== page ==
LONDON: Hailed as one of the first download divas, British singer Imogen Heap has followed in the footsteps of bands like indie rockers Arctic Monkeys by gaining a big online fan base without the aid of a record label.
Through a combination of Internet word-of-mouth, determination, desperation and a large slice of good luck, the 28-year-old has revived a career that was going nowhere fast.
Her second solo album has sold over 120,000 copies in the United States and she hopes that a licensing deal with a major record company will see its sales grow elsewhere. Yet Speak For Yourself was almost never made at all. After previous record deals fell through and with debts of several thousand dollars, the struggling songwriter took a chance by re-mortgaging her London home to fund the album. As luck would have it, the surveyor who came to value her property happened to be a fan of her old band Frou Frou, and helped her to raise the cash she needed.
“A lot of people may think that me re-mortgaging my house was scary, but it was less scary than signing another record deal,” Heap said in an interview in her cluttered recording studio on a south London warehouse estate.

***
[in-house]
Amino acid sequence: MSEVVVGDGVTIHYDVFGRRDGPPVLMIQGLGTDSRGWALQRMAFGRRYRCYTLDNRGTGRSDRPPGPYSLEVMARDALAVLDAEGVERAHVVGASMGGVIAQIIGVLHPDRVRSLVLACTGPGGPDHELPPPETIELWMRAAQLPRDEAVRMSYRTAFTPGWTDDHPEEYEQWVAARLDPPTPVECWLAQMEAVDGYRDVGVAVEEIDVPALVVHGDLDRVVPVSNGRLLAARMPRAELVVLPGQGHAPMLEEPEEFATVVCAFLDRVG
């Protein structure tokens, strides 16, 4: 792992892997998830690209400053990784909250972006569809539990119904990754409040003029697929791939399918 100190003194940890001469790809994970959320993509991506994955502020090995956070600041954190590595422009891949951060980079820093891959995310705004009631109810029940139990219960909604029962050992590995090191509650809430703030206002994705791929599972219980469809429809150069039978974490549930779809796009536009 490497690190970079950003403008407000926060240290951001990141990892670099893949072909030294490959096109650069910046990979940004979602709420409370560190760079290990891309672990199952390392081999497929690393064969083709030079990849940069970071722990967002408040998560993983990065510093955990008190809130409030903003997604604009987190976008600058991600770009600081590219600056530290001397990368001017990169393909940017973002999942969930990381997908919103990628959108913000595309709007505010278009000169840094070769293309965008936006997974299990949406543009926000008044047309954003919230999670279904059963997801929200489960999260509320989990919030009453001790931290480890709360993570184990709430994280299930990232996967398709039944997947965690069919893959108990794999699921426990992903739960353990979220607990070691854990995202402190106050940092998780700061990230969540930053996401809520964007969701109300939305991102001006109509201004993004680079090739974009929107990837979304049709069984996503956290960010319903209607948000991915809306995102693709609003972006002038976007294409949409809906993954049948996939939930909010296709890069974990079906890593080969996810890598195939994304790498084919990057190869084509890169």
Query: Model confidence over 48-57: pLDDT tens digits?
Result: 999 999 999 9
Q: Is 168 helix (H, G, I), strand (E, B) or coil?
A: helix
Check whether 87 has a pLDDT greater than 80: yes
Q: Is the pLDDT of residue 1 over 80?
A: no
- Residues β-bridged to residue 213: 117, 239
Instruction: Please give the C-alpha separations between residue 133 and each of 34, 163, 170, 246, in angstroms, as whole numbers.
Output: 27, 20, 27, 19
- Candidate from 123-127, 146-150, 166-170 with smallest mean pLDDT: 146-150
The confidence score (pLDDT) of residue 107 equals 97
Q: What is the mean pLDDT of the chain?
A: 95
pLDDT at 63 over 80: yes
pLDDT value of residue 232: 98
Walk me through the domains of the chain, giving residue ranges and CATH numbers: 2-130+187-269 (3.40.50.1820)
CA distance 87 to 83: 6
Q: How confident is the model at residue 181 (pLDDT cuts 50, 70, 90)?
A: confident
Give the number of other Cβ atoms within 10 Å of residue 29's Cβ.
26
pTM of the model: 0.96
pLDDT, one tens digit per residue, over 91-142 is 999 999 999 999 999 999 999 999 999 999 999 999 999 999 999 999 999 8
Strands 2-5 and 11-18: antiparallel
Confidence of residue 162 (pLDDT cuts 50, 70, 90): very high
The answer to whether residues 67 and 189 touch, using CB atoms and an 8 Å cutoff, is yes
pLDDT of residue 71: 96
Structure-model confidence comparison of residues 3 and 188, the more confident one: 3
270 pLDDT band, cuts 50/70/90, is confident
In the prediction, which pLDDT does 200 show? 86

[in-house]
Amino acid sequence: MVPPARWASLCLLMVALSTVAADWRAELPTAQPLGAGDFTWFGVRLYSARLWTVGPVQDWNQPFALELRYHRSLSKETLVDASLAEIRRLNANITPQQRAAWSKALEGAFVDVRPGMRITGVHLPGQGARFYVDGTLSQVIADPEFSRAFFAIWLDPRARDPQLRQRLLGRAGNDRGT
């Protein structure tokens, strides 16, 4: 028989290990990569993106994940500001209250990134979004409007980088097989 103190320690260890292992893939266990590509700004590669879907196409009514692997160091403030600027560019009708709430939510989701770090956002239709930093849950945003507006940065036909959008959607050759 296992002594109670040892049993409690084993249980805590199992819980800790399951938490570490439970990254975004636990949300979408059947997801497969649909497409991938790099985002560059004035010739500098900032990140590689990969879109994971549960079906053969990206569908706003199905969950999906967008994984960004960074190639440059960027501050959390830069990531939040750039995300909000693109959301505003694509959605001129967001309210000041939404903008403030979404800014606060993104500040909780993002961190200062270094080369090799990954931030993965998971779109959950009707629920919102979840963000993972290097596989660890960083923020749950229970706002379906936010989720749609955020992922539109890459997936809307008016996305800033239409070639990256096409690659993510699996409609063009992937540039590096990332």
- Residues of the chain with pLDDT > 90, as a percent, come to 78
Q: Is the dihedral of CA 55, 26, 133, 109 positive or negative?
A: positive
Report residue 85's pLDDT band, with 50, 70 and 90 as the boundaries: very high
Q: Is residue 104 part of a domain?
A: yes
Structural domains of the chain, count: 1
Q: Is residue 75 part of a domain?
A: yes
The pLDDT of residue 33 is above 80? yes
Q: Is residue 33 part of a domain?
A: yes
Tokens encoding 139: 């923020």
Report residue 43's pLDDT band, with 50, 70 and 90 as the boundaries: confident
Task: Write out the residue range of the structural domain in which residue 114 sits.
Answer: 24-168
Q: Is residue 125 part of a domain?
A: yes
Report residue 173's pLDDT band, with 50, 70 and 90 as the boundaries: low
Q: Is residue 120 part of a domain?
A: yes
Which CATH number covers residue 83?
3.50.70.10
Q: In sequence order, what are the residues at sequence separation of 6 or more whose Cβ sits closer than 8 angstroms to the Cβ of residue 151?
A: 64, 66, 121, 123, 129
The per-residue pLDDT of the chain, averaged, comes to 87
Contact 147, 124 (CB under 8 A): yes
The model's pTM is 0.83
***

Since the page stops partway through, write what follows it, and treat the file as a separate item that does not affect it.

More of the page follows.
“I re-mortgaged my flat because that was the only way I could get the cash to buy all this gear. I did try and get bank loans, but they took one look at my account and said you don’t have a job, so we don’t think we can really give you any money.’”
Heap released the electronic pop-style Speak For Yourself on her own label Megaphonic after unhappy experiences with record companies which she said failed to support her.
Heap’s second stroke of luck came with a commission to write the closing sequence of US TV series The OC, generating an online buzz that has snowballed ever since. A quick look at social network site www.myspace.com shows how important the Internet is now for up-and-coming artists. Heap, still with only modest record sales to her name, has 113,000 registered “friends” on the website, not far short of British megaband Coldplay which boasts 123,000.
Her profile has been viewed nearly 1.3 million times on the site, and listeners have tuned in to hear her songs 2.7 million times, although hits do not necessarily turn into downloads.
“I’m just grateful to have this record out at this time,” Heap said. “It’s perfect for people like me who don’t have so much money in the beginning, being able to just put your record on iTunes.”
“People can find out about the tune, listen to the song, go and buy it on iTunes and it comes into my bank account. It’s making it possible for musicians to put out their music and not have to worry about signing a record deal.”
Heap will be hoping that her low-budget approach to music helps her return to the rock’n’roll heights of her late teens.
Having just left school, she was hanging out with stars like Bon Jovi in the South of France, and her first concert appearance was a set between The Who and Eric Clapton at a Prince’s Trust event in London in front of more than 100,000 people.
“I haven’t been quite so rock’n’roll since,” she said.
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